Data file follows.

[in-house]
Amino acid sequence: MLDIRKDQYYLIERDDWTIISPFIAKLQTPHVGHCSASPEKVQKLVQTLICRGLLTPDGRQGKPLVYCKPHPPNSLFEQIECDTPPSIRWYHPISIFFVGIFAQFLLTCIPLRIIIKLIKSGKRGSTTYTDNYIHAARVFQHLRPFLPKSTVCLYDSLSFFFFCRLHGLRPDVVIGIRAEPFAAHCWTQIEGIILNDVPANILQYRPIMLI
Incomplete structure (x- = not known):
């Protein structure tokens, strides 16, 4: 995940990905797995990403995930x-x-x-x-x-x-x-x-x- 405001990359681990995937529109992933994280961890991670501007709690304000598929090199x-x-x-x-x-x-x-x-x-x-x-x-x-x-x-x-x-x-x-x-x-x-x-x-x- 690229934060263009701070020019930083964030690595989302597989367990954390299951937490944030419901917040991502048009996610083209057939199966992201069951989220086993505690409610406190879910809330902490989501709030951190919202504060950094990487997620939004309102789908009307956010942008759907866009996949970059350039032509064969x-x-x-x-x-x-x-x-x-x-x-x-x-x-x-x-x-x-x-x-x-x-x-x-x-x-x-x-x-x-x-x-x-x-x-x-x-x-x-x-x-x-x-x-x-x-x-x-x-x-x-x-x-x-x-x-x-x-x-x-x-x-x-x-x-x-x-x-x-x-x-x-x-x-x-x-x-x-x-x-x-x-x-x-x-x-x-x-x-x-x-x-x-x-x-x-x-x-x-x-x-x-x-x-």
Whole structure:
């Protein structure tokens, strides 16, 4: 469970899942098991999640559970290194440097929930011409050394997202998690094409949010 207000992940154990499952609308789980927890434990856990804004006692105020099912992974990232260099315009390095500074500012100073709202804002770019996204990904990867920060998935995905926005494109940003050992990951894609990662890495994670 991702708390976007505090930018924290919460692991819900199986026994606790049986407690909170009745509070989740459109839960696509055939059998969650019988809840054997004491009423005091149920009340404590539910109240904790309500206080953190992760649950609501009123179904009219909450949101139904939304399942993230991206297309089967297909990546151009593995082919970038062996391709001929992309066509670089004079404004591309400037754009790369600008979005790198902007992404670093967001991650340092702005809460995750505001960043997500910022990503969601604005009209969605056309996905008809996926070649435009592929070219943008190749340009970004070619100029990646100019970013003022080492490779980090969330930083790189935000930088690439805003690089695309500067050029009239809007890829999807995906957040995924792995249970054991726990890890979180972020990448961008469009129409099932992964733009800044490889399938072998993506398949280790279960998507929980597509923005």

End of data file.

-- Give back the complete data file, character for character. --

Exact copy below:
[in-house]
Amino acid sequence: MLDIRKDQYYLIERDDWTIISPFIAKLQTPHVGHCSASPEKVQKLVQTLICRGLLTPDGRQGKPLVYCKPHPPNSLFEQIECDTPPSIRWYHPISIFFVGIFAQFLLTCIPLRIIIKLIKSGKRGSTTYTDNYIHAARVFQHLRPFLPKSTVCLYDSLSFFFFCRLHGLRPDVVIGIRAEPFAAHCWTQIEGIILNDVPANILQYRPIMLI
Incomplete structure (x- = not known):
């Protein structure tokens, strides 16, 4: 995940990905797995990403995930x-x-x-x-x-x-x-x-x- 405001990359681990995937529109992933994280961890991670501007709690304000598929090199x-x-x-x-x-x-x-x-x-x-x-x-x-x-x-x-x-x-x-x-x-x-x-x-x- 690229934060263009701070020019930083964030690595989302597989367990954390299951937490944030419901917040991502048009996610083209057939199966992201069951989220086993505690409610406190879910809330902490989501709030951190919202504060950094990487997620939004309102789908009307956010942008759907866009996949970059350039032509064969x-x-x-x-x-x-x-x-x-x-x-x-x-x-x-x-x-x-x-x-x-x-x-x-x-x-x-x-x-x-x-x-x-x-x-x-x-x-x-x-x-x-x-x-x-x-x-x-x-x-x-x-x-x-x-x-x-x-x-x-x-x-x-x-x-x-x-x-x-x-x-x-x-x-x-x-x-x-x-x-x-x-x-x-x-x-x-x-x-x-x-x-x-x-x-x-x-x-x-x-x-x-x-x-």
Whole structure:
């Protein structure tokens, strides 16, 4: 469970899942098991999640559970290194440097929930011409050394997202998690094409949010 207000992940154990499952609308789980927890434990856990804004006692105020099912992974990232260099315009390095500074500012100073709202804002770019996204990904990867920060998935995905926005494109940003050992990951894609990662890495994670 991702708390976007505090930018924290919460692991819900199986026994606790049986407690909170009745509070989740459109839960696509055939059998969650019988809840054997004491009423005091149920009340404590539910109240904790309500206080953190992760649950609501009123179904009219909450949101139904939304399942993230991206297309089967297909990546151009593995082919970038062996391709001929992309066509670089004079404004591309400037754009790369600008979005790198902007992404670093967001991650340092702005809460995750505001960043997500910022990503969601604005009209969605056309996905008809996926070649435009592929070219943008190749340009970004070619100029990646100019970013003022080492490779980090969330930083790189935000930088690439805003690089695309500067050029009239809007890829999807995906957040995924792995249970054991726990890890979180972020990448961008469009129409099932992964733009800044490889399938072998993506398949280790279960998507929980597509923005």